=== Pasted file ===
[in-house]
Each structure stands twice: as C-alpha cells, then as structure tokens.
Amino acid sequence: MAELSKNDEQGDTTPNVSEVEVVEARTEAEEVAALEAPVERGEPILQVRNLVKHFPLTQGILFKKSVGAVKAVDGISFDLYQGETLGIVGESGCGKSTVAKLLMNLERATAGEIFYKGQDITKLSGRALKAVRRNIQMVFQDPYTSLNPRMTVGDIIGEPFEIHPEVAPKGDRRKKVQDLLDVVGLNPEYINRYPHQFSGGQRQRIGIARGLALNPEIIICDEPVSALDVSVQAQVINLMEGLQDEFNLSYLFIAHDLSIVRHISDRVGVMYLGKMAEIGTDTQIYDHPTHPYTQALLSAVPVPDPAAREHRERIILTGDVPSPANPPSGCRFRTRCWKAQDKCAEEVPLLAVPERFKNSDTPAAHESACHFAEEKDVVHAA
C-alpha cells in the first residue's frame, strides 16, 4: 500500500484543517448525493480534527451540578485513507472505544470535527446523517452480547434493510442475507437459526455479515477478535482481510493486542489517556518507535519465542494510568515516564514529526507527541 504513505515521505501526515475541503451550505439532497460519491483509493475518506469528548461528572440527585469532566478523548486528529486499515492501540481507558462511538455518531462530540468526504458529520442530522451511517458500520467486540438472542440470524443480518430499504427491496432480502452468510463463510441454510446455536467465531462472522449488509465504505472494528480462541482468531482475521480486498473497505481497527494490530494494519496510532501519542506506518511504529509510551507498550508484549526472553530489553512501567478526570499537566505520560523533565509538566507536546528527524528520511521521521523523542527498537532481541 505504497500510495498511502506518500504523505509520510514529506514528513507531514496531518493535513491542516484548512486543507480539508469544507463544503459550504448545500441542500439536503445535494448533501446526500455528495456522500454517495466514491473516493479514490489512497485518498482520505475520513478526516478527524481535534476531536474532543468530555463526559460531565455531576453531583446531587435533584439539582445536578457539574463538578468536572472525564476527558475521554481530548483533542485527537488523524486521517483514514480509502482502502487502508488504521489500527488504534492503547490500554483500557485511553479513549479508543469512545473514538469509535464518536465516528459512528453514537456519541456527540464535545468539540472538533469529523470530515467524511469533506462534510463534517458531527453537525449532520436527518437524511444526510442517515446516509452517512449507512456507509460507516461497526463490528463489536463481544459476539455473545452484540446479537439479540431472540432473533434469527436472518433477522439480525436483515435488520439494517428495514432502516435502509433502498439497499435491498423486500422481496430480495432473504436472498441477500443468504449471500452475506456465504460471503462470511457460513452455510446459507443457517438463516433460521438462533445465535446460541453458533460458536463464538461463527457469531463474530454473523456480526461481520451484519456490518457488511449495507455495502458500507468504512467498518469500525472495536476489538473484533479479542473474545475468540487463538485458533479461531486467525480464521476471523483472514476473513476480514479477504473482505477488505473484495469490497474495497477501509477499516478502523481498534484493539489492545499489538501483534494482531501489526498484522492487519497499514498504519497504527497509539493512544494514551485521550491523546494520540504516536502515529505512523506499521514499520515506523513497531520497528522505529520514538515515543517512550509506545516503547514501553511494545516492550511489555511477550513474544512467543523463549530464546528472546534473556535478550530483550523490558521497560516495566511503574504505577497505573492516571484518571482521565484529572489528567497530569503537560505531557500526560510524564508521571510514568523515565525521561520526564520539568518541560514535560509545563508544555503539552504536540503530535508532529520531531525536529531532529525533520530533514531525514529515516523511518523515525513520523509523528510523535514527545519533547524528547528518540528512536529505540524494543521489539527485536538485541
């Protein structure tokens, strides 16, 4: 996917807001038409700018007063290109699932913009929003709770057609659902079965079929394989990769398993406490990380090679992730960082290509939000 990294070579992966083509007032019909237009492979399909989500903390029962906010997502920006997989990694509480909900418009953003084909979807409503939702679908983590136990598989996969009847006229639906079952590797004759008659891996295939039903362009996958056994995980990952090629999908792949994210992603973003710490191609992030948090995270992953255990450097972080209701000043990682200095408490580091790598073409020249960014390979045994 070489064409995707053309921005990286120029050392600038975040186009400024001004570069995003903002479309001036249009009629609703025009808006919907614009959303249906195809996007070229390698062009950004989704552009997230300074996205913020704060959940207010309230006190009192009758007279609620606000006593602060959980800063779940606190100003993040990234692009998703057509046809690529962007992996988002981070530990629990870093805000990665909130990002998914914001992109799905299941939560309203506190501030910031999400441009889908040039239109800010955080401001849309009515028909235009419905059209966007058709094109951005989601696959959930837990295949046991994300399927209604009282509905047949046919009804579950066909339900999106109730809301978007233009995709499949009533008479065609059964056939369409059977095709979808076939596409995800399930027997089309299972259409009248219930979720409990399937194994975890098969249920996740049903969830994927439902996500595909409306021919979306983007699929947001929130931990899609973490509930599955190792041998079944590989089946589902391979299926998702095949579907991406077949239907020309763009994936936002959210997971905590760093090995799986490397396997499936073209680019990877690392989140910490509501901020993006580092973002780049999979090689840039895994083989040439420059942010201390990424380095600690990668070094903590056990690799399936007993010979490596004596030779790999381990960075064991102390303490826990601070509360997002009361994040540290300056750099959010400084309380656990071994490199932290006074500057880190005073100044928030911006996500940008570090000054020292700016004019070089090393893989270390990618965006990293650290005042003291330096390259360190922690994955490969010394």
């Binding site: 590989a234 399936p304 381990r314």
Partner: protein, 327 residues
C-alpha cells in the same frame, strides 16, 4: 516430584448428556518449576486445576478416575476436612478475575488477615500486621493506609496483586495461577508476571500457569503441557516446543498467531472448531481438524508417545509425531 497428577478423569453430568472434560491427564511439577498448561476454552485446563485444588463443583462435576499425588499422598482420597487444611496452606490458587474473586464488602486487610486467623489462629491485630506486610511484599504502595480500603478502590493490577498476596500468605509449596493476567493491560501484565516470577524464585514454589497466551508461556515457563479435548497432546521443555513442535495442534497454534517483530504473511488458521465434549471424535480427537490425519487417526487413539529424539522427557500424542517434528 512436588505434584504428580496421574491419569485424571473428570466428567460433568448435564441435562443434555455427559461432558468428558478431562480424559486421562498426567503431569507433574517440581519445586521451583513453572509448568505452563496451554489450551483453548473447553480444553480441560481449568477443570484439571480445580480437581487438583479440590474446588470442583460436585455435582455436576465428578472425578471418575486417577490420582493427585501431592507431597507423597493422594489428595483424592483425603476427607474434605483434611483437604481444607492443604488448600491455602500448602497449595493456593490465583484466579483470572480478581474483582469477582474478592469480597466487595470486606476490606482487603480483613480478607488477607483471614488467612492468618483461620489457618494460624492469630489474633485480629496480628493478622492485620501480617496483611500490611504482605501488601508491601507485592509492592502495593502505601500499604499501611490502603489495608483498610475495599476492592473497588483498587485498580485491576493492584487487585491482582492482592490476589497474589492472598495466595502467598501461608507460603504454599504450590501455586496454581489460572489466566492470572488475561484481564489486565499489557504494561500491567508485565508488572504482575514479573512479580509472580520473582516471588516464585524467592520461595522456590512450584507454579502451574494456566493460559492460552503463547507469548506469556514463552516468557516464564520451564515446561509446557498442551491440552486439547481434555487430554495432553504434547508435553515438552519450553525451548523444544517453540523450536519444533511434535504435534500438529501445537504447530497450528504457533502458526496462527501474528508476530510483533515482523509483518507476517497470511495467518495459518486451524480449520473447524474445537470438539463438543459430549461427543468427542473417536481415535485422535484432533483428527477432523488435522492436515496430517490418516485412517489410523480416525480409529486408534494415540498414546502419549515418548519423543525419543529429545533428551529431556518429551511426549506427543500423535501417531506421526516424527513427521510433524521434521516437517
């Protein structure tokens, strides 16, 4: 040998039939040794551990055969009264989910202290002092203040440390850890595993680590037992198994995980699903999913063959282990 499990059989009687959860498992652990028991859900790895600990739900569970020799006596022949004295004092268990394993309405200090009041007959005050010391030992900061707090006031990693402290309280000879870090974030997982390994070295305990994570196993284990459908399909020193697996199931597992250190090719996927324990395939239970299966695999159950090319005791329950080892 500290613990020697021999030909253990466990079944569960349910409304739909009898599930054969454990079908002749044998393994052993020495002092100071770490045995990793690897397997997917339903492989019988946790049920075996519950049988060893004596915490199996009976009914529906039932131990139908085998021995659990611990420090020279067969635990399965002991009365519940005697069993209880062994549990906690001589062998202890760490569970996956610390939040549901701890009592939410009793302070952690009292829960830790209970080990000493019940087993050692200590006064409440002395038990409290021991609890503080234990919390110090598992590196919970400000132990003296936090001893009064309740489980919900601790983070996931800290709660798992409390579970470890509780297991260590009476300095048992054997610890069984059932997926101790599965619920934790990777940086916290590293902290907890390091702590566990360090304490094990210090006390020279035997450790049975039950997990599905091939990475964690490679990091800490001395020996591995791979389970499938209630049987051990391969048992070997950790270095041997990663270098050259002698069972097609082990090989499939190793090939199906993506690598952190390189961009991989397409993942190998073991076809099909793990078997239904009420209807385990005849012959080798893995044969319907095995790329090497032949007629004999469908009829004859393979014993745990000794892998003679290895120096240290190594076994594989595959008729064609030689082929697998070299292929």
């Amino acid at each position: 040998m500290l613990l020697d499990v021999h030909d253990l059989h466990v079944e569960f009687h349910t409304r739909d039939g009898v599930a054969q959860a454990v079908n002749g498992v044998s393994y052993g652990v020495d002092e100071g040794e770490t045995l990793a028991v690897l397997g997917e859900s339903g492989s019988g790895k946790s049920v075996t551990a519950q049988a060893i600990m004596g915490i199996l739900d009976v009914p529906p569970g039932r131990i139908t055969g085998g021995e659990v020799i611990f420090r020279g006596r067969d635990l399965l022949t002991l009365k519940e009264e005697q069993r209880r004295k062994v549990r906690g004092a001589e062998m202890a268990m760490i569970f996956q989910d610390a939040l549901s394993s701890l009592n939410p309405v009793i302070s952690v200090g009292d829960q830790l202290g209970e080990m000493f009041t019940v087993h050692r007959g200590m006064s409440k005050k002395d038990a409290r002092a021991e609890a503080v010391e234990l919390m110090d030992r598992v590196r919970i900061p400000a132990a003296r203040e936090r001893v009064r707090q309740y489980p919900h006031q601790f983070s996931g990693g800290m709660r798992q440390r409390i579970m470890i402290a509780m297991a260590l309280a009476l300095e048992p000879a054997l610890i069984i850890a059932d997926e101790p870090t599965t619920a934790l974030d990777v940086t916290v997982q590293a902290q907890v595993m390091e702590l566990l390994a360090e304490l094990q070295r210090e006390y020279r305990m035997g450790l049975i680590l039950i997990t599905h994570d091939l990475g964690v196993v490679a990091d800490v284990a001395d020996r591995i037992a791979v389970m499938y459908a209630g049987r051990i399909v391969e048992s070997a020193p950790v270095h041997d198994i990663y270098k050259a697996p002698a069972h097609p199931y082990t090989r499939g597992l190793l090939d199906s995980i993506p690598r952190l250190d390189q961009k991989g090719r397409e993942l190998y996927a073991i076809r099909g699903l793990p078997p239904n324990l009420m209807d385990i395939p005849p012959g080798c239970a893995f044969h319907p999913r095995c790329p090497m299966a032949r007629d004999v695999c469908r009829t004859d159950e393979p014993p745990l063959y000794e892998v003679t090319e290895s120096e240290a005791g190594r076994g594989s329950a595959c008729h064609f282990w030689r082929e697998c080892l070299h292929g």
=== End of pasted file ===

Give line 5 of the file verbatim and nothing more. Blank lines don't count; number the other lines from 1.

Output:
């Protein structure tokens, strides 16, 4: 996917807001038409700018007063290109699932913009929003709770057609659902079965079929394989990769398993406490990380090679992730960082290509939000 990294070579992966083509007032019909237009492979399909989500903390029962906010997502920006997989990694509480909900418009953003084909979807409503939702679908983590136990598989996969009847006229639906079952590797004759008659891996295939039903362009996958056994995980990952090629999908792949994210992603973003710490191609992030948090995270992953255990450097972080209701000043990682200095408490580091790598073409020249960014390979045994 070489064409995707053309921005990286120029050392600038975040186009400024001004570069995003903002479309001036249009009629609703025009808006919907614009959303249906195809996007070229390698062009950004989704552009997230300074996205913020704060959940207010309230006190009192009758007279609620606000006593602060959980800063779940606190100003993040990234692009998703057509046809690529962007992996988002981070530990629990870093805000990665909130990002998914914001992109799905299941939560309203506190501030910031999400441009889908040039239109800010955080401001849309009515028909235009419905059209966007058709094109951005989601696959959930837990295949046991994300399927209604009282509905047949046919009804579950066909339900999106109730809301978007233009995709499949009533008479065609059964056939369409059977095709979808076939596409995800399930027997089309299972259409009248219930979720409990399937194994975890098969249920996740049903969830994927439902996500595909409306021919979306983007699929947001929130931990899609973490509930599955190792041998079944590989089946589902391979299926998702095949579907991406077949239907020309763009994936936002959210997971905590760093090995799986490397396997499936073209680019990877690392989140910490509501901020993006580092973002780049999979090689840039895994083989040439420059942010201390990424380095600690990668070094903590056990690799399936007993010979490596004596030779790999381990960075064991102390303490826990601070509360997002009361994040540290300056750099959010400084309380656990071994490199932290006074500057880190005073100044928030911006996500940008570090000054020292700016004019070089090393893989270390990618965006990293650290005042003291330096390259360190922690994955490969010394």